Megan McArdle: San Francisco Can Afford a $15 Minimum Wage. Mariposa Cannot.

Whatever your position on minimum wages in general, it shouldn’t be controversial to acknowledge that those minimums affect different regions in different ways. Rich urban areas whose economies are driven by high-margin professional and knowledge businesses will fare better than poorer regions, or those whose economies depend on nationally or globally competitive manufacturing and agriculture.

Unfortunately some of those poorer regions are at the mercy of urban policy makers. Big states like California and New York combine a large and politically powerful urban population with a much poorer rural population that cannot afford the kinds of government interventions that the urban voters want. Policy gets made for the big, powerful urban populations, who don’t know, or necessarily much care, whether that smothers the local economy of their rural counterparts.

If we’re going to try these sorts of experiments, we should try them slowly, with ample time to evaluate their effects, and with an understanding that the results in some places may not generalize well to others. Instead, legislators increasingly seem to be opting for quick blanket solutions that may deal crippling blows to local economies that can ill afford them.

From: San Francisco Can Afford a $15 Minimum Wage. Mariposa Cannot. – Bloomberg View

Please do be so kind as to share this post.
Share

5 thoughts on “Megan McArdle: San Francisco Can Afford a $15 Minimum Wage. Mariposa Cannot.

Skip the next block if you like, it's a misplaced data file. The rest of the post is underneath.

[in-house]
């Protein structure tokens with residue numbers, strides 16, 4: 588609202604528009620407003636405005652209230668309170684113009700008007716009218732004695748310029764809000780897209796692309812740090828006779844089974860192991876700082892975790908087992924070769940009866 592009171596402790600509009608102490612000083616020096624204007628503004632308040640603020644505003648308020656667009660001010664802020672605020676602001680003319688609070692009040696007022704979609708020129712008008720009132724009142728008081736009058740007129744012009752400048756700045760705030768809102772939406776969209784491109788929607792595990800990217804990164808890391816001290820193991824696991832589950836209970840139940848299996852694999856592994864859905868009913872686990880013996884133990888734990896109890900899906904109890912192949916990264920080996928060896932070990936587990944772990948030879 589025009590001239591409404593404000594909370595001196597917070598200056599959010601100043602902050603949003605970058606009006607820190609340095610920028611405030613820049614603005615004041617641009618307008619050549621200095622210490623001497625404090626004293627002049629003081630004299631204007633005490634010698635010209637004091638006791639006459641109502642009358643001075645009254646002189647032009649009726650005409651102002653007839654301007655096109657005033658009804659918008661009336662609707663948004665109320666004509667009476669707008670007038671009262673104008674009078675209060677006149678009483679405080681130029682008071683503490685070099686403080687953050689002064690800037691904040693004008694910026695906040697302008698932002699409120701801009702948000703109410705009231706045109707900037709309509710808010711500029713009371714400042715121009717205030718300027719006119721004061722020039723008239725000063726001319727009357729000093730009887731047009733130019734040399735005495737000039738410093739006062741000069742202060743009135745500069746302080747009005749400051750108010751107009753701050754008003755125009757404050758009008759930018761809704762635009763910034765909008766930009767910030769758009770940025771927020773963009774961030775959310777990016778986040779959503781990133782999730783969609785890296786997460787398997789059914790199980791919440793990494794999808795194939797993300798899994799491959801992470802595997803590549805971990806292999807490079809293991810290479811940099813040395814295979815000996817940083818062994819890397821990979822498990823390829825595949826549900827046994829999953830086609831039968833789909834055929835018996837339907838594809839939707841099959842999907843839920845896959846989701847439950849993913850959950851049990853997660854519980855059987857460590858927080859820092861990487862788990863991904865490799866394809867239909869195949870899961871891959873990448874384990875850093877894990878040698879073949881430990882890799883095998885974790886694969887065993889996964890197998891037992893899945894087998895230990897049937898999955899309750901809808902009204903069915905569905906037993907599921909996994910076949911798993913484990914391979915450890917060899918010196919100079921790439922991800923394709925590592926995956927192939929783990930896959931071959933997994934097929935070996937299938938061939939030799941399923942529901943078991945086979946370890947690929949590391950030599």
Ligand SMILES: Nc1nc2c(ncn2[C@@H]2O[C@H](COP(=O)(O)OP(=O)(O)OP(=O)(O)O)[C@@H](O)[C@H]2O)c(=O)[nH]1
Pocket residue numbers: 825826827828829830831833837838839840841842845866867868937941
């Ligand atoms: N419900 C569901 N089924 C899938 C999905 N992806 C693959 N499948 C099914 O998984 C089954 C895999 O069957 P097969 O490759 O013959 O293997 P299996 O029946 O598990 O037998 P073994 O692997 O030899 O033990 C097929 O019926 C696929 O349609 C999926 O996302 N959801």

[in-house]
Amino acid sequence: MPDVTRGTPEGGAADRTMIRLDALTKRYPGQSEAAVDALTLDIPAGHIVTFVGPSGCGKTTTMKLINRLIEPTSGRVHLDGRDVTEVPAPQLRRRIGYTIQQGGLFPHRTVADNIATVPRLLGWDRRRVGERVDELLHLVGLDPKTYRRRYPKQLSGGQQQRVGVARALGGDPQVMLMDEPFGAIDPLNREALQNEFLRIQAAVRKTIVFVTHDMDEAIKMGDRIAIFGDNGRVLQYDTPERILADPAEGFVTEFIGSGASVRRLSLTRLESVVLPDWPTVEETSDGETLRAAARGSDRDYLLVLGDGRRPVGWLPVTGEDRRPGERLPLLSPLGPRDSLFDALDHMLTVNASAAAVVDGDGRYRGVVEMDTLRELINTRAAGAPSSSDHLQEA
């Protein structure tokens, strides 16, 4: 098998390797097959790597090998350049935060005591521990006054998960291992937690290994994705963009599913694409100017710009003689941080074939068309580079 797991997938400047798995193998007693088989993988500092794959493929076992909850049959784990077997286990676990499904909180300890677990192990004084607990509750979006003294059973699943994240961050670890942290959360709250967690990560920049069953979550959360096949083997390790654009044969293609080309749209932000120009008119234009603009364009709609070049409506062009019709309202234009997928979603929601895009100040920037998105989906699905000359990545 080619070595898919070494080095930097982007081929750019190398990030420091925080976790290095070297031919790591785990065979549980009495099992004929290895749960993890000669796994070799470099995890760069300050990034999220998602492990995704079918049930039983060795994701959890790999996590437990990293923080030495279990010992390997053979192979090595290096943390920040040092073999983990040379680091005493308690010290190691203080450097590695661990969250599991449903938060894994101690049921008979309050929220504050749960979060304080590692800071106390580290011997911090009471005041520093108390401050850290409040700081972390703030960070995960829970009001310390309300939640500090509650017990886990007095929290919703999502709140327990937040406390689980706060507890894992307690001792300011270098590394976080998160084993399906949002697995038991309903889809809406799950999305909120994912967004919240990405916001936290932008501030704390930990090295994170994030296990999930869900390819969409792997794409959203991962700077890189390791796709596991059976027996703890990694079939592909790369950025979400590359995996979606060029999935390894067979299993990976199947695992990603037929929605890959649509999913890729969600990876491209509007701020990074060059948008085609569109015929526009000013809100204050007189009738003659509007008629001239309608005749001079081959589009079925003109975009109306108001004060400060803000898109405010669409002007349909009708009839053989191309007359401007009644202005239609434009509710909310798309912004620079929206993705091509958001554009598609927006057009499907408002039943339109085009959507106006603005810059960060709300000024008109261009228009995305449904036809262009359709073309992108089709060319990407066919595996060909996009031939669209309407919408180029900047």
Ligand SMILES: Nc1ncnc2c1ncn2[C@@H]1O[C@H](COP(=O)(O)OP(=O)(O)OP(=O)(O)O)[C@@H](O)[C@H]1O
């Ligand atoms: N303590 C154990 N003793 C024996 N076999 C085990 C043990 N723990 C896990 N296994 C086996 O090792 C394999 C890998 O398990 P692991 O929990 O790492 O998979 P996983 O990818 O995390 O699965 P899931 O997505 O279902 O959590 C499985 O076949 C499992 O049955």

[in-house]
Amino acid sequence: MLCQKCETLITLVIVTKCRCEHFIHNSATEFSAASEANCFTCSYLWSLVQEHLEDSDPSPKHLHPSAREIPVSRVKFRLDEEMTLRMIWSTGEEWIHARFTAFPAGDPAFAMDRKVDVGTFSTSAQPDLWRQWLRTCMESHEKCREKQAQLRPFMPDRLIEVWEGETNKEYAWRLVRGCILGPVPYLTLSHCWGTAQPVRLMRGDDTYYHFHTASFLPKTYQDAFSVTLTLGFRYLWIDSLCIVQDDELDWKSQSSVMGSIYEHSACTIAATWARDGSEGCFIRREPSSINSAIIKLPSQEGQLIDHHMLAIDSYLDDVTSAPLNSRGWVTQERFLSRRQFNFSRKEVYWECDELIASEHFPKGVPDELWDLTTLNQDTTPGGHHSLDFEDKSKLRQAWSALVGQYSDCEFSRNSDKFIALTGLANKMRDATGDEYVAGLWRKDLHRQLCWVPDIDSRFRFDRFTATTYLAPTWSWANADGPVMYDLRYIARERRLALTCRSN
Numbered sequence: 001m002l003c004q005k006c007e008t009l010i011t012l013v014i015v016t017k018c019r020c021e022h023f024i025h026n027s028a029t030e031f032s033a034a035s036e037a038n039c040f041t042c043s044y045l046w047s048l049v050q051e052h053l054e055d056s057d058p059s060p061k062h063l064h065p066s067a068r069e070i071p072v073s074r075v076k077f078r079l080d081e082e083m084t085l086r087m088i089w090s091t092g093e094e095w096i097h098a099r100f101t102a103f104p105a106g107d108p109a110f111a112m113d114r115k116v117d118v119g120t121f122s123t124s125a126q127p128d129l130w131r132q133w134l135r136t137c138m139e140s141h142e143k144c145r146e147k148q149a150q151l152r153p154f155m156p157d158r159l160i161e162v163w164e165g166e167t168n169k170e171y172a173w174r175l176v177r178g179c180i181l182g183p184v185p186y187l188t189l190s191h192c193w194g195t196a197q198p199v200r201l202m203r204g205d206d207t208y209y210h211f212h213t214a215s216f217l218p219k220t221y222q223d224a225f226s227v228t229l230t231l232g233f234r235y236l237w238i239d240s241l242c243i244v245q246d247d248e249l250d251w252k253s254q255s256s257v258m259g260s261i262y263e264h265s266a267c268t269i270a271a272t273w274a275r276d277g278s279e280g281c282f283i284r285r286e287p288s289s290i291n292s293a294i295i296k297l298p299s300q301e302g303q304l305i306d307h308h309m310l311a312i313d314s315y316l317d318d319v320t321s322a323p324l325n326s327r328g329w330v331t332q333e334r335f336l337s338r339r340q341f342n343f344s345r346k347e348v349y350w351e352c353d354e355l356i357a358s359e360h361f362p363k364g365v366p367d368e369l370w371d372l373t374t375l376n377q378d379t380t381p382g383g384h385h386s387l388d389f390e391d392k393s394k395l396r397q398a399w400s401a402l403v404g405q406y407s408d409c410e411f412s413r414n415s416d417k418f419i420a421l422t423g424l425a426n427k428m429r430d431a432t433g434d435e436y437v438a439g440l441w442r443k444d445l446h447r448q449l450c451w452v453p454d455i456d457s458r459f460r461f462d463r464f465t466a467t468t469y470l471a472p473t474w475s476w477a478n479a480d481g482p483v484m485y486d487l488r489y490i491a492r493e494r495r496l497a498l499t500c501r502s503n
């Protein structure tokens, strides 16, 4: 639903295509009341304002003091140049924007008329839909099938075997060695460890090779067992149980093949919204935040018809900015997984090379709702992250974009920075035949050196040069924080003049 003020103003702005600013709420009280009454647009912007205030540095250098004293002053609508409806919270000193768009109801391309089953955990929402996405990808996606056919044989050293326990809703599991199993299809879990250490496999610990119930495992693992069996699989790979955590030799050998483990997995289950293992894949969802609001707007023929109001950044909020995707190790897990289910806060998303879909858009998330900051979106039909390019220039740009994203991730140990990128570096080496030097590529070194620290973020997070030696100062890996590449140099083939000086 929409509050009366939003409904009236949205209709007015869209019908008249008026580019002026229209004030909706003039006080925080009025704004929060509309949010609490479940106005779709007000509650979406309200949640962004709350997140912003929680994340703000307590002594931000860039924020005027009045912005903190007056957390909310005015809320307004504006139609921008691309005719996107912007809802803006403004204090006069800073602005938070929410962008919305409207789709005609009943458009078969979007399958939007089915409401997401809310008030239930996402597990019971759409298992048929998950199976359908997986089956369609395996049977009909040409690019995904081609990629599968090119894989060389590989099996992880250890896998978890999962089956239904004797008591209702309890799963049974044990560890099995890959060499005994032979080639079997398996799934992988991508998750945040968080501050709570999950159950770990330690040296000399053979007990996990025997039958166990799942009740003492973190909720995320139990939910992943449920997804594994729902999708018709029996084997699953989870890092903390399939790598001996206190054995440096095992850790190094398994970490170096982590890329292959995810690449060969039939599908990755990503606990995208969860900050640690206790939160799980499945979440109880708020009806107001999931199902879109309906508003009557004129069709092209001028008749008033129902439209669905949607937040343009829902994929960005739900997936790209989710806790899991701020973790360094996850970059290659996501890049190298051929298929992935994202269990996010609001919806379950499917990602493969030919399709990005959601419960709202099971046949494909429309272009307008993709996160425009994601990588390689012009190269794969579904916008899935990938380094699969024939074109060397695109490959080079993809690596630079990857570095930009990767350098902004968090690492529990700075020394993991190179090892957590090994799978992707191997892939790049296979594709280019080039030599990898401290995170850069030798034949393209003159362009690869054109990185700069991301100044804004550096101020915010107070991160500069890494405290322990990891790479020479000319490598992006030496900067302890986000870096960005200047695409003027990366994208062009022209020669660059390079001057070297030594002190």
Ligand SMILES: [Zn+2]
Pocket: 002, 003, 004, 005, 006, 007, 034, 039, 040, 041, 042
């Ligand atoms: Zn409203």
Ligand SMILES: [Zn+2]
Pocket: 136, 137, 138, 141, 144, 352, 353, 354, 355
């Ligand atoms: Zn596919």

1. They were talking about making $15 the minimum wage in Ontario at one point and it seemed like the effects were specific to the industry. At my cleaning job, the university can afford to make the minimum $15 and did because it got good press. It also probably doesn’t hurt that we’re all getting fired in two years and replaced with temps that get paid less. I know restaurants on the other hand that would have gone out of business because the profit margin’s so small.

    Now, instead, they’re talking about a mandatory living allowance, which as McArdle says in the other article, isn’t the solution that most of us who work want. I’d far prefer a career opportunity to a check.

      Quote  Link

    Report

  2. In the 90’s, the “perma-temp” laws went into effect and I was *SO* happy. Finally! A law that was looking out for *MY* interests!

    And, yeah, my temp job got eliminated. I shortly was hired by a “Managed Services” company as an employee with bennies worse than those offered by my temp job. We had a year-long contract with the company that I had previously temped for with yearly options to extend the contract by one year.

      Quote  Link

    Report

  3. I’m extremely pro-minimum wage and pro-increasing-the-minimum-wage, and even I don’t understand why they’d opt for a blanket policy like this. There is nothing wrong with attenuating the minimum wage from region to region commensurate with the cost of living in each. I agree with McCardle; this just seems like an incredibly short-sighted way to deploy this policy.

      Quote  Link

    Report

    • “I’m extremely pro-minimum wage and pro-increasing-the-minimum-wage, and even I don’t understand why they’d opt for a blanket policy like this.”

      Well, that’s probably because you’re a dirty conservative who hates poor people and immigrants, and thinks that someone who works at Burger King shouldn’t be allowed to live near their job.

        Quote  Link

      Report

Leave a Reply

Your email address will not be published. Required fields are marked *